HC Deb 15 August 1901 vol 99 cc1075-97
*MR. BELL (Derby)

I am sorry to have to detain the House for a few moments with the discussion of another subject, altogether different from that which we have been discussing to-night. It is a subject on which I believe I shall be able to elicit the practical sympathy of all hon. Members of this House, having regard to the very long hours we have been obliged to work this week in this Assembly. The question I am going to raise is as to the operation and administration by the Board of Trade of the Hours Act of 1893. The Hours Act of 1893 was the result of a Royal Commission, which sat for about, I believe, two years, to inquire into the hours of employment of railway servants. The Act was then passed as the result of that inquiry, its provisions being framed to give power to the Board of Trade in order that they might without friction or labour troubles inquire into the hours worked by railway servants upon complaints laid before them. I find now that the right hon. Gentleman the President of the Board of Trade on 15th June last, when the Estimates were being discussed, made a statement which was not absolutely correct, and he will, I am sure forgive me for saying this, for I do not in the least impugn his veracity. The statement he made was doubtless in accordance with the information and advice supplied to him. The right hon. Gentleman, in replying to the right hon. Gentleman the Member for South Aberdeen, eulogised the railway companies for the manner in which they themselves were reducing the hours of their employees, pointing out that for the year ending-July of this year—the report of which was published on the 3rd of August—it is shown that there were forty-one cases reported to the Board of Trade during the twelve months ending July.


July last year?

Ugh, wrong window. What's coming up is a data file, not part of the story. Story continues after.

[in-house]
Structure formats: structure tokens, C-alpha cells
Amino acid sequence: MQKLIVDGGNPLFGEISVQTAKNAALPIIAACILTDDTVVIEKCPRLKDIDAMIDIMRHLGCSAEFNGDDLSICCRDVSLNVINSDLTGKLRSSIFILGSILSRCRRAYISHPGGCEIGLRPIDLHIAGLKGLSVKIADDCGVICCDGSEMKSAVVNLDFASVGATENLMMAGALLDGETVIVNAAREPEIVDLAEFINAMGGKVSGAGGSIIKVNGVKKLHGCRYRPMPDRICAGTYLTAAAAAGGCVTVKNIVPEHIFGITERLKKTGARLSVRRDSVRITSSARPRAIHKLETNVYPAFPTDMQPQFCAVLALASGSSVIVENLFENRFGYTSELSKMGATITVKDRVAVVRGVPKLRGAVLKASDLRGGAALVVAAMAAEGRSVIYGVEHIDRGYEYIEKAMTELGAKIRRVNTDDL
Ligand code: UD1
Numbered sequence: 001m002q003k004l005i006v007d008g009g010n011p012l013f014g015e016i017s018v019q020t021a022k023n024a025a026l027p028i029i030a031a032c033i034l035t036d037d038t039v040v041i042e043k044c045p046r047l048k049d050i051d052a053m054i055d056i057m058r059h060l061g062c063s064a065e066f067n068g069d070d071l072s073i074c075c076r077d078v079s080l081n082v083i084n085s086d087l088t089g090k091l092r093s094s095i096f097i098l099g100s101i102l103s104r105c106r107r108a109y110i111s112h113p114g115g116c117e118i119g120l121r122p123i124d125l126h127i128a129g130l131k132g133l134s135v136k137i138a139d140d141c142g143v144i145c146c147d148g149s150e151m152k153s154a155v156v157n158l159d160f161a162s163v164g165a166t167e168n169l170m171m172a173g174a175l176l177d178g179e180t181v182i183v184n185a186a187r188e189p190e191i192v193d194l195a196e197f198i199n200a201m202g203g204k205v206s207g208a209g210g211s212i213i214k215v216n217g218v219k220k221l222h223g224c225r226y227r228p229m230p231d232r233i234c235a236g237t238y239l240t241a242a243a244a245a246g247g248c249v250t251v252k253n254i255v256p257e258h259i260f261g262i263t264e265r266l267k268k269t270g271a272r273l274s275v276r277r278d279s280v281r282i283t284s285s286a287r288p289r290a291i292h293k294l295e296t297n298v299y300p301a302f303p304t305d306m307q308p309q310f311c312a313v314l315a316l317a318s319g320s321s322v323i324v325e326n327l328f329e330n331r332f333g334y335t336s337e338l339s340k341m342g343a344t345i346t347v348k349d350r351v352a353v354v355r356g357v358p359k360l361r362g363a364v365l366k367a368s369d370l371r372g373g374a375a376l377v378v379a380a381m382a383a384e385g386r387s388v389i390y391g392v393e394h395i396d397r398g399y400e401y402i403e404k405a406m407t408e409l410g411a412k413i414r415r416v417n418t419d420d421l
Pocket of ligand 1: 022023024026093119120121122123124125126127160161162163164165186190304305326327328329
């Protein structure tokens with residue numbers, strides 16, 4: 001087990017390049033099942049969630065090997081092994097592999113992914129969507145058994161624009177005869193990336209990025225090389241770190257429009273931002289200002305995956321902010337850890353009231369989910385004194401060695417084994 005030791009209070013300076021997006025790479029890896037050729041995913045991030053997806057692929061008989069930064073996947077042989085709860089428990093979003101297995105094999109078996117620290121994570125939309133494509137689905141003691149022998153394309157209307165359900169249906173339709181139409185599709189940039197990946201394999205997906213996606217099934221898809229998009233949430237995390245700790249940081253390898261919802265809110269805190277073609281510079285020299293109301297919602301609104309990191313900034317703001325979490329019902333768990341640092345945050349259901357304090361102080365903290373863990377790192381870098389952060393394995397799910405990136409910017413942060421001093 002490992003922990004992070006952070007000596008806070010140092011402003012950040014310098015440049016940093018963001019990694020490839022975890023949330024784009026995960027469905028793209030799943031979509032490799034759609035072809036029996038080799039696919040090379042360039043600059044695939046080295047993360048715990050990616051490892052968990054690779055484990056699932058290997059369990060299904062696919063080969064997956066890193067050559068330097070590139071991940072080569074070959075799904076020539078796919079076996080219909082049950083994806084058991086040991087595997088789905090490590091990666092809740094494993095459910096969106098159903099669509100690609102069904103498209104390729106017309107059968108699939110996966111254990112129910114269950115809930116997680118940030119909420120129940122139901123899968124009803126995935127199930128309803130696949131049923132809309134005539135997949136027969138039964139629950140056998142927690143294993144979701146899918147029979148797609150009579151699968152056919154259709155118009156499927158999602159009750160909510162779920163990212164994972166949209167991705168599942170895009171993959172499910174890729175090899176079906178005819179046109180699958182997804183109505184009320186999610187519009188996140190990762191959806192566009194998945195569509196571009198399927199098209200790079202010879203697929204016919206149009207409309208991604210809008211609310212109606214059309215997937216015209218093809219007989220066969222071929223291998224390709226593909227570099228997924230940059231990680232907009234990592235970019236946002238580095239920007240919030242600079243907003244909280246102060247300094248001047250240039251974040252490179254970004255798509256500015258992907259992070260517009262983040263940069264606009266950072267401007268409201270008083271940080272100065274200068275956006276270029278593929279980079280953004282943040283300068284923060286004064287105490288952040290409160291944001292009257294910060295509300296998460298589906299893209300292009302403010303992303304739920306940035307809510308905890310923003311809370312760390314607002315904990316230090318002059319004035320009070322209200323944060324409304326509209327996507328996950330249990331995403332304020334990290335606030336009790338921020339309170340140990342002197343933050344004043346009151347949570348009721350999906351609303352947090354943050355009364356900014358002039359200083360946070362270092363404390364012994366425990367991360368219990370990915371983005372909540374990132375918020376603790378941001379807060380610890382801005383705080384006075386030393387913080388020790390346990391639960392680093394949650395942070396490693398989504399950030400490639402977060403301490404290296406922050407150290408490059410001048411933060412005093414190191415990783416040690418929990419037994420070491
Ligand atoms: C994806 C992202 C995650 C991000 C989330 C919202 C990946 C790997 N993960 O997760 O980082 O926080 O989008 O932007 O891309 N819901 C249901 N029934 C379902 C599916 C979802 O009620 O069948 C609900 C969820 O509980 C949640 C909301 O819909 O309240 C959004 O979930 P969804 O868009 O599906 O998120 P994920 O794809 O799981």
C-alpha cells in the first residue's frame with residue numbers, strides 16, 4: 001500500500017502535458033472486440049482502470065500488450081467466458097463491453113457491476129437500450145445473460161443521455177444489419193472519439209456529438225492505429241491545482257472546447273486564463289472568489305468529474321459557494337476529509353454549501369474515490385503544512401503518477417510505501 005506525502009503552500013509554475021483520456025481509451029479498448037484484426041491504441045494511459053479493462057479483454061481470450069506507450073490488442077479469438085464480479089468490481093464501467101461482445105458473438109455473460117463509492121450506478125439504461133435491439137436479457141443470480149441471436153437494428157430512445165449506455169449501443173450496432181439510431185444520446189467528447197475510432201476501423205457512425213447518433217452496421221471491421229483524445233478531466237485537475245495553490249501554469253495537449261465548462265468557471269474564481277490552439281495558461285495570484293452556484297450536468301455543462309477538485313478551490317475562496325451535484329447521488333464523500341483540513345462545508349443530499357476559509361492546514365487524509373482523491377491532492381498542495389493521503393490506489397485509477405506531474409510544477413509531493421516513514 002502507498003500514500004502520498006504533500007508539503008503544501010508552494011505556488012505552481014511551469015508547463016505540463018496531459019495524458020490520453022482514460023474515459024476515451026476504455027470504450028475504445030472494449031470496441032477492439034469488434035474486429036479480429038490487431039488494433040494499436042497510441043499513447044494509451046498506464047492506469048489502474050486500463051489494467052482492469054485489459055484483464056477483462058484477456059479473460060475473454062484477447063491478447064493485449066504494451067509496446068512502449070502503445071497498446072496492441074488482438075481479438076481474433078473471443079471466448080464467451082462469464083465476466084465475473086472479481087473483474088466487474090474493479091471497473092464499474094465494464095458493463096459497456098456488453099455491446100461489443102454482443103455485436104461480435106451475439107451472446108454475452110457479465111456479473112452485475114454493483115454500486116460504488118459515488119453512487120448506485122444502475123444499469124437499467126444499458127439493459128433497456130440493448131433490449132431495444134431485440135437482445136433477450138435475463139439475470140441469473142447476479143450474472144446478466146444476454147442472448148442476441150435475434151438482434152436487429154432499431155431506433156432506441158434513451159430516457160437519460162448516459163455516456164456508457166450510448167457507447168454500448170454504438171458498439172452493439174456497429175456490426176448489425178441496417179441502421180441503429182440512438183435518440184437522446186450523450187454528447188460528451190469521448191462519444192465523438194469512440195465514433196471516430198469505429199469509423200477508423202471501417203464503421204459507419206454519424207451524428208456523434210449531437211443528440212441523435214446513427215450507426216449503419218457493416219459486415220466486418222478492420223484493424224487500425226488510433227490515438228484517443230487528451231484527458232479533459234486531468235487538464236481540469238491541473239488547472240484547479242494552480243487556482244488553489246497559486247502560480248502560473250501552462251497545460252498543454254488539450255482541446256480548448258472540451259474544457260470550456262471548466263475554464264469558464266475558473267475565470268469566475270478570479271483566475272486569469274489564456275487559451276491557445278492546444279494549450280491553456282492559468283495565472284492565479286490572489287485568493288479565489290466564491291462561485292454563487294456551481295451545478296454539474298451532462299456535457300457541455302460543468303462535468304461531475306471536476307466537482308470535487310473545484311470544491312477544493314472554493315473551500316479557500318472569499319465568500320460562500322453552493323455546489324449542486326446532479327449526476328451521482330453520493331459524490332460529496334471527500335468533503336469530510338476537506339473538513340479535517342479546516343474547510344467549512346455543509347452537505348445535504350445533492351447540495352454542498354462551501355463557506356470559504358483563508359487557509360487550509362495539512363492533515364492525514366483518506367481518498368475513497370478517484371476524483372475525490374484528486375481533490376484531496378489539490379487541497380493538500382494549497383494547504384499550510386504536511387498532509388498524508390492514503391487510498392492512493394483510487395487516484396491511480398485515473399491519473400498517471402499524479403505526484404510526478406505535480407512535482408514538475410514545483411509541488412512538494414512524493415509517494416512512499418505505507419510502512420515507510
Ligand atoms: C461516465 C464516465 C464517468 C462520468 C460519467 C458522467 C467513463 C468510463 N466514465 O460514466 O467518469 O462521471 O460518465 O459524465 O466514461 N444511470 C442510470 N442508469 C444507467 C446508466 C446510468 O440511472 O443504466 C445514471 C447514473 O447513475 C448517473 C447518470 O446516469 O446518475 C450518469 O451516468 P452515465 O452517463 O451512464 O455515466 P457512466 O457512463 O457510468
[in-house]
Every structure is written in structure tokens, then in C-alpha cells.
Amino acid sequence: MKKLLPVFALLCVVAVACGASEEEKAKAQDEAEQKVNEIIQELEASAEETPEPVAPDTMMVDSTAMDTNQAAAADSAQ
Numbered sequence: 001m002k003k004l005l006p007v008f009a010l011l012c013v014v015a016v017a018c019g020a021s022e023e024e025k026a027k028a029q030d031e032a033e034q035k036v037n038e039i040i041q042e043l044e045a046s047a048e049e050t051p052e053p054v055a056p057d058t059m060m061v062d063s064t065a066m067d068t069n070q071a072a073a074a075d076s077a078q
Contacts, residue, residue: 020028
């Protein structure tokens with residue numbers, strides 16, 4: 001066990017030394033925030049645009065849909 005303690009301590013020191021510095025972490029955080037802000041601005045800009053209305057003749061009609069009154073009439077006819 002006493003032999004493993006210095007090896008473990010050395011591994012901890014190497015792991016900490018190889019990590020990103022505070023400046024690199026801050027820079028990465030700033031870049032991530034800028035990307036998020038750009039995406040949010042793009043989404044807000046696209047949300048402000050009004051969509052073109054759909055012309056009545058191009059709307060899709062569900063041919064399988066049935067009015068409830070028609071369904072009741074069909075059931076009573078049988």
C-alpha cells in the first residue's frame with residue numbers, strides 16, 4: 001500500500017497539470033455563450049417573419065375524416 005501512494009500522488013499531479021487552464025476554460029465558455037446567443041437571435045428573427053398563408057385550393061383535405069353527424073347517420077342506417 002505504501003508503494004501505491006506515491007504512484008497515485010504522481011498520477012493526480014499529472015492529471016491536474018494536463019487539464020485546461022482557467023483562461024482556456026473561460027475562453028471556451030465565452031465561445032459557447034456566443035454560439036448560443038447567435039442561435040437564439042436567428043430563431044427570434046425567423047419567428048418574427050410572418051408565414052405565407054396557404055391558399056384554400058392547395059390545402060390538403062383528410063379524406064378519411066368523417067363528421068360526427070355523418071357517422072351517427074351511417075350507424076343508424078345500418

Yes, July last year. Now, I know the right hon. Gentleman was perfectly earnest in what he said, and that the Report was prepared by a gentleman in whom this country had absolute confidence, but who unfortunately is now deceased. I refer to Sir Courtenay Boyle. He states in his Report that— The Report shows a continued decrease in the number of complaints made. The exact number of such complaints received during the year ended 27th July, 1900, was 41, as compared with 46 in 1890, 76 in 1897 and 156 in 1895. The steady fall in the number of complaints which has lasted continuously since the last-named year, may, I think, be taken as indicating a tendency on the part of the railway companies to watch the effect of the revision of hours and themselves to adjust their tables of working hours without waiting for representations from the Board of Trade. What I desire to call the attention of the Board of Trade to particularly is that that is not quite correct as to the reason why so few complaints were laid before the Board of Trade. The fact is that the men themselves who are compelled to work these long hours have got sick of laying complaints before the Board of Trade, in consequence of the extraordinary delay which occurs in the Department in making inquiries into them. Whilst I could enumerate scores, if not hundreds of cases I have simply selected one from each of several railways as typical cases for the consideration of the President of the Board of Trade. On the 22nd February, 1900, I laid before the Board of Trade a complaint on behalf of the shunters of the Lancashire and Yorkshire Company. This was acknowledged on the 23rd of February by the Board of Trade. They were asked for a further reply on the 8th of August. On the 11th of August they wrote to say they were in communication with the company. They were again asked for a reply on the 1st January, 1901, and on the 7th of January they wrote to say that they were still in communication with the company. No definite reply has been received up to this moment. Why is it that in the case of a complaint made on the 22nd February, 1900, there has been no reply made up to the 15th August, 1901? That is a case affecting one centre on the Lancashire and Yorkshire. Then there is a case of "long hours of signalmen at Nottingham Great Central." The Board of Trade was written to on the 5th September, 1899, and the complaint was acknow ledged on the 6th September. They were again written to on the 1st of August, 1900, and acknowledged the further communication on the 3rd August, and their reply was received on the 7th of August, 1900, and the result was that the hours were reduced from twelve to ten per day. In that case it took eleven months to elicit a reply. Here is another case, on the London and South Western. "Long hours of platform staff on London and South Western Railways (Sundays)." Representations were made to the Board of Trade on 20th July, 1899. They were acknowledged by the Board on the 22nd July. On the 18th August the Board asked for further information, and that was sent on the 23rd August, the communication being acknowledged by the Board on the 25th August. No reply coming to hand, a further representation was made on 20th November, which representation was acknowledged on the 22nd November. Further representations were made on the 20th July, 1900, and the Board's final reply was dated 26th July, the result being that the intervals of rest were increased before and after the long turns. It took over twelve months to obtain that reply from the Board of Trade. On the London, Brighton, and South Coast Railway there is one cabin in which the signalmen make longer hours than are safe even in the interests of the public, much less in the interests of the men themselves. The men complained. The Board of Trade was communicated with on the 28th of September, 1899. The letter was acknowledged by the Board on the 29th of September; further information was asked for by the Board on the 6th of October, and it was sent on the 2nd of November, and acknowledged by the Board on the 4th of November, 1899. No less than twenty-three months have elapsed since representations were first made, and no reply has been yet received.